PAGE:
Closets full of clothes make great recording spaces and don’t cost you anything. Some podcasters will use their walk-in closets as home podcasting studios on a temporary basis setting up and breaking down after each session.

The downside to going into a walk-in closet, closing the door, and recording is a lack of ventilation. It can get rather stuffy, and if it is not full of clothes, the resulting sound is awful. So using your walk-in closet as a home podcasting studio isn’t the best option.

Another option is to set up just in front of the closet, face into the closet, and record. Facing into the closet, your voice will travel into the closet, and the clothes should absorb a lot of the unwanted reflections.

If you have a reach-in closet, one that is one garment deep, you can still use it the same way: Open the door(s) face into the clothes, and record.

Simple Sound Fixes for Your Home Podcasting Studio

Sometimes rooms need a bit more help. And this is where moving blankets can save the day.

My first recording space was in an apartment over the garage of my last house. It was a great space because it was separate from the house, far back from the road, and well insulated. This meant random people soliciting candy, religion, or their politics didn’t knock on the door, passing car noise wasn’t an issue, and my wife didn’t have to be quiet while I was recording.

But this home podcasting studio wasn’t without its problems. For starters, the efficiency had hardwood floors. And since I wasn’t going to spend time hanging out in the studio, buying plush furniture didn’t make sense. It also had bare walls and four big windows that reflected a lot of sounds. And there was a small kitchen with a noisy refrigerator and no door separating the main room from the kitchen.

The floors were an easy fix; I bought a big cheap rug. And rugs do a lot to calm down the sound of rooms with hard floors.

Using Home Made Sound Curtains

For the walls, windows, and kitchen I used double weight moving blankets, curtain rods, and cheap curtain pin on hooks. For under $200 the room’s sound stellar for the intended purpose.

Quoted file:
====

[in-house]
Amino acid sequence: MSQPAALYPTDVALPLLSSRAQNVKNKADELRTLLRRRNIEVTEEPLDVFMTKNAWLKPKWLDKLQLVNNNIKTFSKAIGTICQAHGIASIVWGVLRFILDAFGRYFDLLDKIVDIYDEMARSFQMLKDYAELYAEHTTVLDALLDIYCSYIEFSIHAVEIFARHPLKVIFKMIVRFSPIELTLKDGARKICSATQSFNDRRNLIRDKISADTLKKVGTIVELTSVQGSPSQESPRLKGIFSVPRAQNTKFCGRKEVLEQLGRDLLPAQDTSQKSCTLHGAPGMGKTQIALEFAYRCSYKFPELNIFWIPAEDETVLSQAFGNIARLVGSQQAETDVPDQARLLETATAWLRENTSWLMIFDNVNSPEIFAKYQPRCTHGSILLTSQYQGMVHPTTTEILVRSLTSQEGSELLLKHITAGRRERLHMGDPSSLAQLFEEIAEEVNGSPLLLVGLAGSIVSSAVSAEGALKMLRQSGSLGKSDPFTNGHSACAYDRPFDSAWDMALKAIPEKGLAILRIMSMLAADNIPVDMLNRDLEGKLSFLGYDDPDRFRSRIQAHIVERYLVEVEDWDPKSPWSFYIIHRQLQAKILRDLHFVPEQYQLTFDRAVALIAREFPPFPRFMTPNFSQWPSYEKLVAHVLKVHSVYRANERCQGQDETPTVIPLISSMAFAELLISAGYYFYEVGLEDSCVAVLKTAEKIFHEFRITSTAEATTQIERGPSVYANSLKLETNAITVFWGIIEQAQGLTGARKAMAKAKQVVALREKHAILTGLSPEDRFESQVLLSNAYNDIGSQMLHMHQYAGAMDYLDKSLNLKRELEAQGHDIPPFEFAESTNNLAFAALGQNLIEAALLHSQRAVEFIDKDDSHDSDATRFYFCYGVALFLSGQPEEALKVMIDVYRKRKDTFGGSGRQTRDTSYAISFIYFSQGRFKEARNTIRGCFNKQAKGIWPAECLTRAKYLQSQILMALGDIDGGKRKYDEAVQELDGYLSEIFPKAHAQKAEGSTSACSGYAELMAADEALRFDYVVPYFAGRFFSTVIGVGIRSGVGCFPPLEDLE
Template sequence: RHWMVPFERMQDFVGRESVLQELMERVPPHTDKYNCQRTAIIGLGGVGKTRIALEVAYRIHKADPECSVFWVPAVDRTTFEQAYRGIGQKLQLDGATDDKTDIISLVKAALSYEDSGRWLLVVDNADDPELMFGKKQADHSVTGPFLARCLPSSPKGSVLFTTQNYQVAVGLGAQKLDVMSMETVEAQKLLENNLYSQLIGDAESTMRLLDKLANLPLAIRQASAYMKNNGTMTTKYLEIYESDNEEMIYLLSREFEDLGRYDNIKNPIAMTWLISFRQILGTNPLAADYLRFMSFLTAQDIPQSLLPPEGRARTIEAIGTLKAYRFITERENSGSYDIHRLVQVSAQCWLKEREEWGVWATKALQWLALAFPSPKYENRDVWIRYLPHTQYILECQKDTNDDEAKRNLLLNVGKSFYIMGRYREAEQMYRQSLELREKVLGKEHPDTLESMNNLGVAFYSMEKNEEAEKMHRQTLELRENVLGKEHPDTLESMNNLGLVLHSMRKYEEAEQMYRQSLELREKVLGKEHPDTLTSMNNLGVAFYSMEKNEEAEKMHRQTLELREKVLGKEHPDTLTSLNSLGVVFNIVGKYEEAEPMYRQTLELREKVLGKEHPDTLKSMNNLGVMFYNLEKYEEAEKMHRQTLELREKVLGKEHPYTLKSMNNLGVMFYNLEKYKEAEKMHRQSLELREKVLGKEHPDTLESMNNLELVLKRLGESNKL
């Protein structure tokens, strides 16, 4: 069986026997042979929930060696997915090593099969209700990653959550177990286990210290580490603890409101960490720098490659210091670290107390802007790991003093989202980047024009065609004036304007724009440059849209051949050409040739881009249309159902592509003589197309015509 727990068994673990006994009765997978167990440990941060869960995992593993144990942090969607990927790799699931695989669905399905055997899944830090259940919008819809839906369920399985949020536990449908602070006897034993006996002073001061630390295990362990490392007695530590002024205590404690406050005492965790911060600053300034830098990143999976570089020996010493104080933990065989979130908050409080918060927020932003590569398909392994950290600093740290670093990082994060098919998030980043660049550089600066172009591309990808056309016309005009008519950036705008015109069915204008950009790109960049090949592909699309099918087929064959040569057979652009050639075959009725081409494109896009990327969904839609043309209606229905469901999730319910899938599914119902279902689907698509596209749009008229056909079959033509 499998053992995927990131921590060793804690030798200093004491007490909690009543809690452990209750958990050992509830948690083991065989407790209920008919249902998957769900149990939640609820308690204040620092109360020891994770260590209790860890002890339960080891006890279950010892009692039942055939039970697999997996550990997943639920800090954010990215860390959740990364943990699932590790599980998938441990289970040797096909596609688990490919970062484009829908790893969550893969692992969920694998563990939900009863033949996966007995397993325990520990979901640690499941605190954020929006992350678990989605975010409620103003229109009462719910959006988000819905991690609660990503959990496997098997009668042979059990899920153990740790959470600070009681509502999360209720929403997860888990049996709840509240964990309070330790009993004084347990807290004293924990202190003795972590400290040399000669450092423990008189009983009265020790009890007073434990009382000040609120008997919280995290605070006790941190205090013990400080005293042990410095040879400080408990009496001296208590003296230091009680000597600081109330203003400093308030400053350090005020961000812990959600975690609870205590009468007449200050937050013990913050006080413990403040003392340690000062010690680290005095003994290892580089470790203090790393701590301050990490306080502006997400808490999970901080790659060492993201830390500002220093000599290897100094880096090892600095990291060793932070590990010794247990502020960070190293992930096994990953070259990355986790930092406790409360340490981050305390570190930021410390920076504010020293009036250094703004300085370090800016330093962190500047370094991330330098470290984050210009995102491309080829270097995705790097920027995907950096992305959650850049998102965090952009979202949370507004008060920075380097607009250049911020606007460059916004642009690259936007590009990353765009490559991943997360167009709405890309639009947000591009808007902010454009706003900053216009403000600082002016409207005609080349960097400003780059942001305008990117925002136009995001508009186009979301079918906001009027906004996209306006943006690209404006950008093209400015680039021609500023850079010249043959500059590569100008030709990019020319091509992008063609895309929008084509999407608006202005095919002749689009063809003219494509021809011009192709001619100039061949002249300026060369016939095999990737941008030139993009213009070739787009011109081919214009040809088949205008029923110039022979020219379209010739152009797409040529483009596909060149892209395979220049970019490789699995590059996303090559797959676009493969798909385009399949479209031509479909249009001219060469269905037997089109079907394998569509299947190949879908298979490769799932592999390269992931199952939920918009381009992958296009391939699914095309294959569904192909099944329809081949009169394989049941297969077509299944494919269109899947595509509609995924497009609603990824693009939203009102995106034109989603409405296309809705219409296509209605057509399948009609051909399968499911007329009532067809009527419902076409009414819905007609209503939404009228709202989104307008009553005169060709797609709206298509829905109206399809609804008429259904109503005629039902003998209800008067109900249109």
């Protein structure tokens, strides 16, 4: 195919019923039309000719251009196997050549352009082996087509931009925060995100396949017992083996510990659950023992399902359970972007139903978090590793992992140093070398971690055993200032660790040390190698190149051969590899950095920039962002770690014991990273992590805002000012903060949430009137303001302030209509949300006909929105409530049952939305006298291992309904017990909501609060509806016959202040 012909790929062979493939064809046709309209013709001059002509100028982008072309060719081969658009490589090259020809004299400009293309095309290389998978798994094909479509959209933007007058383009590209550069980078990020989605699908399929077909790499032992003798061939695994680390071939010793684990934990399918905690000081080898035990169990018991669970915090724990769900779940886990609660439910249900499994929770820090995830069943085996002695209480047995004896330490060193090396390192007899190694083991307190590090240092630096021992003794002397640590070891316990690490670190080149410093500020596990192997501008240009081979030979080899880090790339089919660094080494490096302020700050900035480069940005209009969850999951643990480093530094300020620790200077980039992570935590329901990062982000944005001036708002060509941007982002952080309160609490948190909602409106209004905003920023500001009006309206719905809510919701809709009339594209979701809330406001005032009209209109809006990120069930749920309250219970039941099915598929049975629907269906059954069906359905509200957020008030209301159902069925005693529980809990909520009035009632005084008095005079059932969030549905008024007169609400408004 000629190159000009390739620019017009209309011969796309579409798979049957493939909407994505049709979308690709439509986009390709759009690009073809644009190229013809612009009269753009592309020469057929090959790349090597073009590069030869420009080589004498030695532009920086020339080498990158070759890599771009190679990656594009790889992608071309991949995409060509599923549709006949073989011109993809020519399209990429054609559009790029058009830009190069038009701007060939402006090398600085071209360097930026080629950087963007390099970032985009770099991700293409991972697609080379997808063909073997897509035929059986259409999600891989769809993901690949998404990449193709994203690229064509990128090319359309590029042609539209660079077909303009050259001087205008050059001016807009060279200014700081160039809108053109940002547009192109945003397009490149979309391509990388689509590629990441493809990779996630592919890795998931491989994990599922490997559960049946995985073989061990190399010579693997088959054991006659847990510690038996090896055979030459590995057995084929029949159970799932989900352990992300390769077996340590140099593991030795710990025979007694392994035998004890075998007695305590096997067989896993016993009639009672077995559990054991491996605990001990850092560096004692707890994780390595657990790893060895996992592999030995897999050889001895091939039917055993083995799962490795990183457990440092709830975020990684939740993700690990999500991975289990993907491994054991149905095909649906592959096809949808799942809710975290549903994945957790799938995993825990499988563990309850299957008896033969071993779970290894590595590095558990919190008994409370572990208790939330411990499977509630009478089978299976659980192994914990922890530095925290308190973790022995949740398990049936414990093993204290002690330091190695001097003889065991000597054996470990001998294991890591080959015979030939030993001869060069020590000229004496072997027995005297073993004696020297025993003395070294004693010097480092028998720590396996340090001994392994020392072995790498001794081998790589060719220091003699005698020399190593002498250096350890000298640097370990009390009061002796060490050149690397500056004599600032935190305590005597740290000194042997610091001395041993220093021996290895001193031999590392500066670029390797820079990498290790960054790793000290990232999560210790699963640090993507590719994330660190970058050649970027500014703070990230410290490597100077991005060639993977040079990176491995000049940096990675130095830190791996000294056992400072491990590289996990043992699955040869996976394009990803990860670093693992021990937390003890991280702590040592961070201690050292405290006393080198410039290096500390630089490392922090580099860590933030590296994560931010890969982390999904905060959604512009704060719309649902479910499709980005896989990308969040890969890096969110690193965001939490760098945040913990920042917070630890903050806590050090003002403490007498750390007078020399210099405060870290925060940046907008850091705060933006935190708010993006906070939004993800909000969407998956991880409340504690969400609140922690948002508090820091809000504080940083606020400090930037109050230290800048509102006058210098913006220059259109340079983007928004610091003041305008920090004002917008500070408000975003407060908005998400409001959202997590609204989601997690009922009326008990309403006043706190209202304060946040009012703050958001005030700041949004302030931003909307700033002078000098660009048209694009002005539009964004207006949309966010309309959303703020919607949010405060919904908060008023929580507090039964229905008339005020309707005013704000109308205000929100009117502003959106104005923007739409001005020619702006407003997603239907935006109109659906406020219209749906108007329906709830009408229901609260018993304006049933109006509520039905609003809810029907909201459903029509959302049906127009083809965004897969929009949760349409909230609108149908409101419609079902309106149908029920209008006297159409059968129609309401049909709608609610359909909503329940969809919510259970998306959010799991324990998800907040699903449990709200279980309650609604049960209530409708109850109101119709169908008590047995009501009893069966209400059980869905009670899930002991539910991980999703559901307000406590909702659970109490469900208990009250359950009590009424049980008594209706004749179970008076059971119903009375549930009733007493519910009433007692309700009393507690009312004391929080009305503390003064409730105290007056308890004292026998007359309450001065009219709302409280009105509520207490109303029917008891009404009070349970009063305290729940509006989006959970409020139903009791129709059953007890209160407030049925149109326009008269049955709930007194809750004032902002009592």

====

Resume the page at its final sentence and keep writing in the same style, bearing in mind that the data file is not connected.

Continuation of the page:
Moving blankets, especially double weight, are filled with a dense fiber material, and the external fabric has an open enough weave to let sound in and get trapped in the fibers. They work great for absorbing sound and covering large areas quickly. They also worked great for absorbing any outside sounds that would have made it into the home podcasting studio through the glass windows.


Acoustic Foam and Absorption Panels for your Home Podcasting Studio

home podcasting studio and first sound reflection points

A basic diagram of early reflection points tamed with studio foam. The person is in green, studio monitors/speakers are in blue, and the studio foam is in maroon. The desk is approximately a foot off the wall, and foam is installed at head level behind the desk, on either side of the listening position, and directly behind the listening position.

In home podcasting studioes enough soft surfaces, you may benefit from installing sound foam to tame early reflection points. These are small hot spots on walls causing distracting flutter echoes and standing waves.

Most of the advice for sound foam and other acoustic treatment placement is intended for engineers and editors doing the sound mixing. So the placement is focused on where they will be when listening to audio played back. The principles remain the same for recording your voice; you just have to take speaking as opposed to listening in to account.

Why this matters: The position you sit in to edit your show may not be the same as the position you’re sitting in when you record your show. So you will want to consider both positions to determine all the spots that are creating a standing wave, echoes, and reverb.

The Difference Between Mixing Studios vs. Recording Studios

When mixing, you’ll be listening to the audio recorded. The desired studio is one with a dead room sound. The goal is not to create the perception of sound in the recording that’s not there. A studio with too much room noise would create a situation where the engineer is adjusting for the sound in the studio and the recording; they should only work on what is in the recording.

When recording, the speakers are inputting their voices into a recording. The desired studio is one that only adds the desired sounds into the recording. These sounds would include room sound or lack thereof, and the voice(s) speaking or singing.

Two reasons why this distinction matters:

  1. You may not want a completely dead sound to your podcast, as discussed in our post on microphones for podcasting.
  2. When new podcasters go looking for advice on how to set up their podcasting studio, they tend to consume information meant for mixing studios and voice over studios.